Click on the cartoon to make it larger. It was sent out in a Passover email from All Generations, which is a group of Holocaust survivors and their families who share information. I read it over a few times, and was more and more devastated by it each time. In the past few years, I've been very sentimental about certain Jewish holidays. I've said many times that I am not a believer in God, but the importance of my heritage is very, very strong to me. When I was growing up, Passover was a huge event in our family. We went to my grandparents' apartment and were joined by their friends, who were also often Holocaust survivors. These were full meals (although not full Seders), held by people who suffered enumerable losses but were determined to start over and go on with life.

Of course, time changes everything. As my sister and I grew up, our Passover meals became smaller, more intimate affairs. Friendships ended (my grandparents are/were hot tempered people who hold mega grudges, not that I would know anything about this...), people passed on, and (best case scenario) others went to different Seders as their own families expanded with grandchildren and great grandchildren. Then I went to college, and a year later, my grandfather died. My sister moved to Iowa; my cousin to a variety of other places. I've only been home for Passover once since 1994, and the loss of the way things were was devastating. (Also it did not help that I was on my way back from India and emotionally and physically exhausted from the trip.)

This year, I went to a Passover Seder through my work. It was conducted by an organization that provides social services to Jewish Nazi victims in the New York area. The Seder was in a large room at a synagogue. As dozens of Holocaust survivors filled the room, chatting, joking, and complaining, it reminded me of the times I was at my grandparents' apartment. A frail woman went to light the candles (this year the first night of Passover is on Shabbat) and she said a prayer, then seemed to forget where she was. For a horrifying moment, she stood still and stared at us. Then, from somewhere in the back of the room, someone shouted out the words, and more and more voices joined in a wave, until the whole room seemed to be speaking as one. The woman still looked confused, but relieved. My eyes filled with tears.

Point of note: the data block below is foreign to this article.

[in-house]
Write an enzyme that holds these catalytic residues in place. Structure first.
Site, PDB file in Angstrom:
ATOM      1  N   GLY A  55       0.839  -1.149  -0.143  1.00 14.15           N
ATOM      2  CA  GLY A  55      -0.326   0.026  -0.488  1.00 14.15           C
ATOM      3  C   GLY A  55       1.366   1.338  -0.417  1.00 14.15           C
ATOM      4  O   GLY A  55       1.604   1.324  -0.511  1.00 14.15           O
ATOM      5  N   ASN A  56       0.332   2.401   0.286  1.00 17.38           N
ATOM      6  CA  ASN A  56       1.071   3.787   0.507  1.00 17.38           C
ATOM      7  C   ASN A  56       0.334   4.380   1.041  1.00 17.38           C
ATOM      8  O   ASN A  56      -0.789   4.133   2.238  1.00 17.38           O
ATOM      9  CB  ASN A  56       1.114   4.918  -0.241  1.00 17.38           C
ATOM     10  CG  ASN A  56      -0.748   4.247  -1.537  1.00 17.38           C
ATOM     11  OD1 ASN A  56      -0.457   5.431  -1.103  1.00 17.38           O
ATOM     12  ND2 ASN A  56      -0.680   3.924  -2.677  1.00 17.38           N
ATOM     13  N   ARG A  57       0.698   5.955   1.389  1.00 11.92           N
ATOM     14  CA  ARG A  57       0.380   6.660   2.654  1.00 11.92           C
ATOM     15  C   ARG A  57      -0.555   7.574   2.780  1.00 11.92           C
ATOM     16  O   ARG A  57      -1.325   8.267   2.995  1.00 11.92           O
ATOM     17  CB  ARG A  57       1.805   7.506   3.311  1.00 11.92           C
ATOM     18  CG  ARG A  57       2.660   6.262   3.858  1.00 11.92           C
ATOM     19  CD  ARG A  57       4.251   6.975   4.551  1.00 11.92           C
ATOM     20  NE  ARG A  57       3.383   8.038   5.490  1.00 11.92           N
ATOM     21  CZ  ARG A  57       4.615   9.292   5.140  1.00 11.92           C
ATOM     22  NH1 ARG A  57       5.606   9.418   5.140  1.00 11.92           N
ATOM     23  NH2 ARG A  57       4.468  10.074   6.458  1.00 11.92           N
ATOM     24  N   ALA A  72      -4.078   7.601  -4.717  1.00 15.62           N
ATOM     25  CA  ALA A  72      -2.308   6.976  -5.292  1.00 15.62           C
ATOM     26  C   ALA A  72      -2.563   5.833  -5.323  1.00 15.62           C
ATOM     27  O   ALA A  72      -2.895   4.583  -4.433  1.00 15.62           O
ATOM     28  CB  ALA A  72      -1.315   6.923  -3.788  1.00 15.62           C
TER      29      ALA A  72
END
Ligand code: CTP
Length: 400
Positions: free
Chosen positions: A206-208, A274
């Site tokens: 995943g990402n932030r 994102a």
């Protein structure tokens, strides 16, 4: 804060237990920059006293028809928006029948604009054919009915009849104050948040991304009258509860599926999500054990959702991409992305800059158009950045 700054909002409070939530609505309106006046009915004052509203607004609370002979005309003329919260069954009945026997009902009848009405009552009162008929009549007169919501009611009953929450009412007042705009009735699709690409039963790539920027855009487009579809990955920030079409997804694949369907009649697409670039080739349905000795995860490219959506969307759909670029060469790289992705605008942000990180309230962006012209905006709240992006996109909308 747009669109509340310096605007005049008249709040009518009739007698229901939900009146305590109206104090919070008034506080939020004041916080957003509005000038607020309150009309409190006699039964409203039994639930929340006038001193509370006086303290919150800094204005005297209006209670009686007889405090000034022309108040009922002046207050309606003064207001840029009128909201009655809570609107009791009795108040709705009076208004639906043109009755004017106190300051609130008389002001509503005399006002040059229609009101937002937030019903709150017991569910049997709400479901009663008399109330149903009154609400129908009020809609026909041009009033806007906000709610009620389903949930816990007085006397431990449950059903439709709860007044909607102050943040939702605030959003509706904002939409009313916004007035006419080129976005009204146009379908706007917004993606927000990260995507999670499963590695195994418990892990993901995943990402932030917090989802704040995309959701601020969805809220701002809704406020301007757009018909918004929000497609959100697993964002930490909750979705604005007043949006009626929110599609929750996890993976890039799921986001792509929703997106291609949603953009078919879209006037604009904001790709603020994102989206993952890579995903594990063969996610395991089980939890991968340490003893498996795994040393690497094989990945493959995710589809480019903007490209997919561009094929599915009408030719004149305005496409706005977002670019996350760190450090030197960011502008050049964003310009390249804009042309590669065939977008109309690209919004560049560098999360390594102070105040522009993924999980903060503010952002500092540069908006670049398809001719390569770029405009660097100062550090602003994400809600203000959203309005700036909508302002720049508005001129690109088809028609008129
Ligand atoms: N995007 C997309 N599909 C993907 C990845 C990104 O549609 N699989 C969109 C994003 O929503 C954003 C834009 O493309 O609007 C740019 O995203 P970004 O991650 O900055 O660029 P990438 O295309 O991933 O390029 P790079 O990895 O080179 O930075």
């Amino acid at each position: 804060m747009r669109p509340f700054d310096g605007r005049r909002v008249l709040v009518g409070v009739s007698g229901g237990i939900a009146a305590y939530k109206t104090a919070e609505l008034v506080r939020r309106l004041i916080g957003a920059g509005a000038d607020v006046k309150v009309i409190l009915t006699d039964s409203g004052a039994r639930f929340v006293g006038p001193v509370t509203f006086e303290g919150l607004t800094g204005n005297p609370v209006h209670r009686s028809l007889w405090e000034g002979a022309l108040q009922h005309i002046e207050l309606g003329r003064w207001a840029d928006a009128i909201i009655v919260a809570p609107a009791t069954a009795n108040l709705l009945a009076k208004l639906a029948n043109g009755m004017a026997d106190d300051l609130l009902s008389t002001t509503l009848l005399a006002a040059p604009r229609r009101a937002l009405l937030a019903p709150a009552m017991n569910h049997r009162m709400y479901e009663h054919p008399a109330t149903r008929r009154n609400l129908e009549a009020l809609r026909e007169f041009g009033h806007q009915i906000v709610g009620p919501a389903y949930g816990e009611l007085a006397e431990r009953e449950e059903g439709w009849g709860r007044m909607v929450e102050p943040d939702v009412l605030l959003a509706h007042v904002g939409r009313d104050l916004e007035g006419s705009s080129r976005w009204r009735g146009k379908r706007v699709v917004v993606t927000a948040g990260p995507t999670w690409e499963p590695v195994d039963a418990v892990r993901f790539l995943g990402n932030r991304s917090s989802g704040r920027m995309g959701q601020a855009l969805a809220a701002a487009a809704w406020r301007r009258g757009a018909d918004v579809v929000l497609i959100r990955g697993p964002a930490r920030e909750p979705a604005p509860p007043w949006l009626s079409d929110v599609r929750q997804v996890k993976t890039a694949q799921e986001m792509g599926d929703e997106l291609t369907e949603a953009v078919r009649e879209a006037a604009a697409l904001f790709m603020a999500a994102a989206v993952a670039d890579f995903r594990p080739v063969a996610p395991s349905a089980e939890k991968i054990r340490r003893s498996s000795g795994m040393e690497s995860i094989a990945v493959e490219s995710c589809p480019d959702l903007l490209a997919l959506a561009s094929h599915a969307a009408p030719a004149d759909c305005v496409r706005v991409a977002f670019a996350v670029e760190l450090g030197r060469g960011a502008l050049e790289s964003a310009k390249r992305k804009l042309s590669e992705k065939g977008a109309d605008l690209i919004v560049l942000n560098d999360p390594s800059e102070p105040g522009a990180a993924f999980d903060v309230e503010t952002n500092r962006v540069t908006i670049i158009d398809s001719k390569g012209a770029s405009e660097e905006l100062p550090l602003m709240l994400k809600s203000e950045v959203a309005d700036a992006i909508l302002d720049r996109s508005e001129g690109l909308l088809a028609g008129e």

A cantor came and sped through the Seder (just like we had always done - a few prayers here, a song or two there, voila, it's over - time for the gefilte fish!) and words that I had not uttered in more than a decade (OK, let's be real - probably two decades, going back to Hebrew school) flowed from my lips, surprising me. I ate my delicious meal (not, of course, as delicious as my bubbe's, but pretty darn tasty). When I left, I remembered, again, how much I've lost, but how much I was given in the first place.

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